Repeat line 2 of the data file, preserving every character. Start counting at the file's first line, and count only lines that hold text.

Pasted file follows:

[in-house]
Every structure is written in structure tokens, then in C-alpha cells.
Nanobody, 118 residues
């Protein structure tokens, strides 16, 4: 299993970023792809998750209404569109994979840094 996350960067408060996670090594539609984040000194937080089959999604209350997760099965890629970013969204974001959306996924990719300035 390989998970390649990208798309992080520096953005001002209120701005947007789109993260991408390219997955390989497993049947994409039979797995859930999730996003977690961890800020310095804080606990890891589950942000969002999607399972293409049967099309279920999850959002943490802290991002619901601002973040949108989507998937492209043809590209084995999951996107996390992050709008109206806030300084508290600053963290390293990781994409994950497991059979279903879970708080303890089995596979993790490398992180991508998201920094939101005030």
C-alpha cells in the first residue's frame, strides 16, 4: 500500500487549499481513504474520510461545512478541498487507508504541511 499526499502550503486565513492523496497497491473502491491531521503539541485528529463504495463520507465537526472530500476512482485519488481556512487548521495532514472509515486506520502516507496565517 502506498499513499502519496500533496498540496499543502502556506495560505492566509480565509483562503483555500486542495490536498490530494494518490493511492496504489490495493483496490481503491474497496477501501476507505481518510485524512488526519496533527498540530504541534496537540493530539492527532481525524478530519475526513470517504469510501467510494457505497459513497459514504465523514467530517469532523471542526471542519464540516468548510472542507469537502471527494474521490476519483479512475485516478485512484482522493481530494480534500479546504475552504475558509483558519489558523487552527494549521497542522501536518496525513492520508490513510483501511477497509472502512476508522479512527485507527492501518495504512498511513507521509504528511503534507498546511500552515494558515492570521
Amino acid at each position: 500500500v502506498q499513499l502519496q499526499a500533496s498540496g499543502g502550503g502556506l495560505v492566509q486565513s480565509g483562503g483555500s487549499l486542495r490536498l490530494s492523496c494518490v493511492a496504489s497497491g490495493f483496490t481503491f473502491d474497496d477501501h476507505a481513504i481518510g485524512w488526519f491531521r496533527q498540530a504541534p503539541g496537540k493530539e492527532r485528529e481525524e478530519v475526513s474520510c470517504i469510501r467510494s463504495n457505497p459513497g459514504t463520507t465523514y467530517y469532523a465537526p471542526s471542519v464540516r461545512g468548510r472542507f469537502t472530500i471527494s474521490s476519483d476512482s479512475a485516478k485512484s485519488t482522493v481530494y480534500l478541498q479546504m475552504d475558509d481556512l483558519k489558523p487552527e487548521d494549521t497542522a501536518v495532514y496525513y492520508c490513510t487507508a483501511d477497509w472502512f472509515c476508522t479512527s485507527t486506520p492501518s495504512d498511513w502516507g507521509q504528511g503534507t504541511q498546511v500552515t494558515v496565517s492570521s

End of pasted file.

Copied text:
Every structure is written in structure tokens, then in C-alpha cells.